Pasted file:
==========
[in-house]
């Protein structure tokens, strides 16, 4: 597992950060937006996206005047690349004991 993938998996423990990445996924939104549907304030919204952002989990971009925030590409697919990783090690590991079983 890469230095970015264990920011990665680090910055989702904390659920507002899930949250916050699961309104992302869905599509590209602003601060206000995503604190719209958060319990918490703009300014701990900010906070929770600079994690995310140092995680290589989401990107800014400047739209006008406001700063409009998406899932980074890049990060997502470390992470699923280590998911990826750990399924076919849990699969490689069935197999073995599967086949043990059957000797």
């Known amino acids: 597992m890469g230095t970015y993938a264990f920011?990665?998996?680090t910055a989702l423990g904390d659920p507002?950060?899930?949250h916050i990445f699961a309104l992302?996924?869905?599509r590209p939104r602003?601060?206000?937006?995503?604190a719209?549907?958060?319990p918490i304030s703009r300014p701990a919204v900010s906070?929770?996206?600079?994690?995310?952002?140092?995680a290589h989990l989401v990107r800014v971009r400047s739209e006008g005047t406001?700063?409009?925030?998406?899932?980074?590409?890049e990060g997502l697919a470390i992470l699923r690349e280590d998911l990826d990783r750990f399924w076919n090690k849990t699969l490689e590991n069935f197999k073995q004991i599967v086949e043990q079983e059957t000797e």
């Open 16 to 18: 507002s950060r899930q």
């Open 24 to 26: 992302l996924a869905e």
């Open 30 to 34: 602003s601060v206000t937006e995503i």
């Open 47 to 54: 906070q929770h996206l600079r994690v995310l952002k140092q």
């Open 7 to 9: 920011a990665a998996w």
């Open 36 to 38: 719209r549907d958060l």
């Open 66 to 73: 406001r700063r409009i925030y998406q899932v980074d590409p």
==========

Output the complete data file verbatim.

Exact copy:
[in-house]
């Protein structure tokens, strides 16, 4: 597992950060937006996206005047690349004991 993938998996423990990445996924939104549907304030919204952002989990971009925030590409697919990783090690590991079983 890469230095970015264990920011990665680090910055989702904390659920507002899930949250916050699961309104992302869905599509590209602003601060206000995503604190719209958060319990918490703009300014701990900010906070929770600079994690995310140092995680290589989401990107800014400047739209006008406001700063409009998406899932980074890049990060997502470390992470699923280590998911990826750990399924076919849990699969490689069935197999073995599967086949043990059957000797």
């Known amino acids: 597992m890469g230095t970015y993938a264990f920011?990665?998996?680090t910055a989702l423990g904390d659920p507002?950060?899930?949250h916050i990445f699961a309104l992302?996924?869905?599509r590209p939104r602003?601060?206000?937006?995503?604190a719209?549907?958060?319990p918490i304030s703009r300014p701990a919204v900010s906070?929770?996206?600079?994690?995310?952002?140092?995680a290589h989990l989401v990107r800014v971009r400047s739209e006008g005047t406001?700063?409009?925030?998406?899932?980074?590409?890049e990060g997502l697919a470390i992470l699923r690349e280590d998911l990826d990783r750990f399924w076919n090690k849990t699969l490689e590991n069935f197999k073995q004991i599967v086949e043990q079983e059957t000797e």
């Open 16 to 18: 507002s950060r899930q």
């Open 24 to 26: 992302l996924a869905e």
């Open 30 to 34: 602003s601060v206000t937006e995503i």
């Open 47 to 54: 906070q929770h996206l600079r994690v995310l952002k140092q």
């Open 7 to 9: 920011a990665a998996w």
């Open 36 to 38: 719209r549907d958060l």
């Open 66 to 73: 406001r700063r409009i925030y998406q899932v980074d590409p």